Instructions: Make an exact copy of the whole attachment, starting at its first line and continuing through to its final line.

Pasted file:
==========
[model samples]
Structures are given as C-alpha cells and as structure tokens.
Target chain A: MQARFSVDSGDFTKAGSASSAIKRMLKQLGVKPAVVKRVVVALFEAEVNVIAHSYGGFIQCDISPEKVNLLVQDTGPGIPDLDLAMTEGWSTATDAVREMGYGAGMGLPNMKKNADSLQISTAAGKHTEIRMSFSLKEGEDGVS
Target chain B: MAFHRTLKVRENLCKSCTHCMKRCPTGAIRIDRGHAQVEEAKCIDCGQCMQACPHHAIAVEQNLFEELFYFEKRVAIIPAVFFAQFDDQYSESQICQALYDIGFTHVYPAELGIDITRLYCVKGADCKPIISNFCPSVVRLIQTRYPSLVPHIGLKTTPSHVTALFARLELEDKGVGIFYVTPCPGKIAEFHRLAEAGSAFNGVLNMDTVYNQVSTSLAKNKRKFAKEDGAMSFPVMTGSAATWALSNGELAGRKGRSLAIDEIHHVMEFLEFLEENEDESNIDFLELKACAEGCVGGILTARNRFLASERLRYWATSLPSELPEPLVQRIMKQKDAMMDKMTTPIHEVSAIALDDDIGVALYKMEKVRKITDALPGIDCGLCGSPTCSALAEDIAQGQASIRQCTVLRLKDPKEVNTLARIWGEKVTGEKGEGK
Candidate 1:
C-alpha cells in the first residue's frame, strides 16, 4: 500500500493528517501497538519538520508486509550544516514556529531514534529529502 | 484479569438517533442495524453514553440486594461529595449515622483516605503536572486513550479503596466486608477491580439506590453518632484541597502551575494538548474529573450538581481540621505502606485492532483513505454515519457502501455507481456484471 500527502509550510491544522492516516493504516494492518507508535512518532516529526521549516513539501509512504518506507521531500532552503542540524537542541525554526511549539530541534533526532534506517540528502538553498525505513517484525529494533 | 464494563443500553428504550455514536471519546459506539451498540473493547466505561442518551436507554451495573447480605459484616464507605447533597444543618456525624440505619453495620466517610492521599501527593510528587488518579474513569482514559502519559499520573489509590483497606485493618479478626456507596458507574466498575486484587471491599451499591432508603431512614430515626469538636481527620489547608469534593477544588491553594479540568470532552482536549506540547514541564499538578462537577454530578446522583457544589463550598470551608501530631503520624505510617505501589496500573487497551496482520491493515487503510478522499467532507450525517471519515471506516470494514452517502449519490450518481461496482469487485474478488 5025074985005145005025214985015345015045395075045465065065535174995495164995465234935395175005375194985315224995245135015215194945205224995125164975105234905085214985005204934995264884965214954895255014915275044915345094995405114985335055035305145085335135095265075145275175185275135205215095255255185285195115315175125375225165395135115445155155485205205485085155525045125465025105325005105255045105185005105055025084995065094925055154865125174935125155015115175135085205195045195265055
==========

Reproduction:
[model samples]
Structures are given as C-alpha cells and as structure tokens.
Target chain A: MQARFSVDSGDFTKAGSASSAIKRMLKQLGVKPAVVKRVVVALFEAEVNVIAHSYGGFIQCDISPEKVNLLVQDTGPGIPDLDLAMTEGWSTATDAVREMGYGAGMGLPNMKKNADSLQISTAAGKHTEIRMSFSLKEGEDGVS
Target chain B: MAFHRTLKVRENLCKSCTHCMKRCPTGAIRIDRGHAQVEEAKCIDCGQCMQACPHHAIAVEQNLFEELFYFEKRVAIIPAVFFAQFDDQYSESQICQALYDIGFTHVYPAELGIDITRLYCVKGADCKPIISNFCPSVVRLIQTRYPSLVPHIGLKTTPSHVTALFARLELEDKGVGIFYVTPCPGKIAEFHRLAEAGSAFNGVLNMDTVYNQVSTSLAKNKRKFAKEDGAMSFPVMTGSAATWALSNGELAGRKGRSLAIDEIHHVMEFLEFLEENEDESNIDFLELKACAEGCVGGILTARNRFLASERLRYWATSLPSELPEPLVQRIMKQKDAMMDKMTTPIHEVSAIALDDDIGVALYKMEKVRKITDALPGIDCGLCGSPTCSALAEDIAQGQASIRQCTVLRLKDPKEVNTLARIWGEKVTGEKGEGK
Candidate 1:
C-alpha cells in the first residue's frame, strides 16, 4: 500500500493528517501497538519538520508486509550544516514556529531514534529529502 | 484479569438517533442495524453514553440486594461529595449515622483516605503536572486513550479503596466486608477491580439506590453518632484541597502551575494538548474529573450538581481540621505502606485492532483513505454515519457502501455507481456484471 500527502509550510491544522492516516493504516494492518507508535512518532516529526521549516513539501509512504518506507521531500532552503542540524537542541525554526511549539530541534533526532534506517540528502538553498525505513517484525529494533 | 464494563443500553428504550455514536471519546459506539451498540473493547466505561442518551436507554451495573447480605459484616464507605447533597444543618456525624440505619453495620466517610492521599501527593510528587488518579474513569482514559502519559499520573489509590483497606485493618479478626456507596458507574466498575486484587471491599451499591432508603431512614430515626469538636481527620489547608469534593477544588491553594479540568470532552482536549506540547514541564499538578462537577454530578446522583457544589463550598470551608501530631503520624505510617505501589496500573487497551496482520491493515487503510478522499467532507450525517471519515471506516470494514452517502449519490450518481461496482469487485474478488 5025074985005145005025214985015345015045395075045465065065535174995495164995465234935395175005375194985315224995245135015215194945205224995125164975105234905085214985005204934995264884965214954895255014915275044915345094995405114985335055035305145085335135095265075145275175185275135205215095255255185285195115315175125375225165395135115445155155485205205485085155525045125465025105325005105255045105185005105055025084995065094925055154865125174935125155015115175135085205195045195265055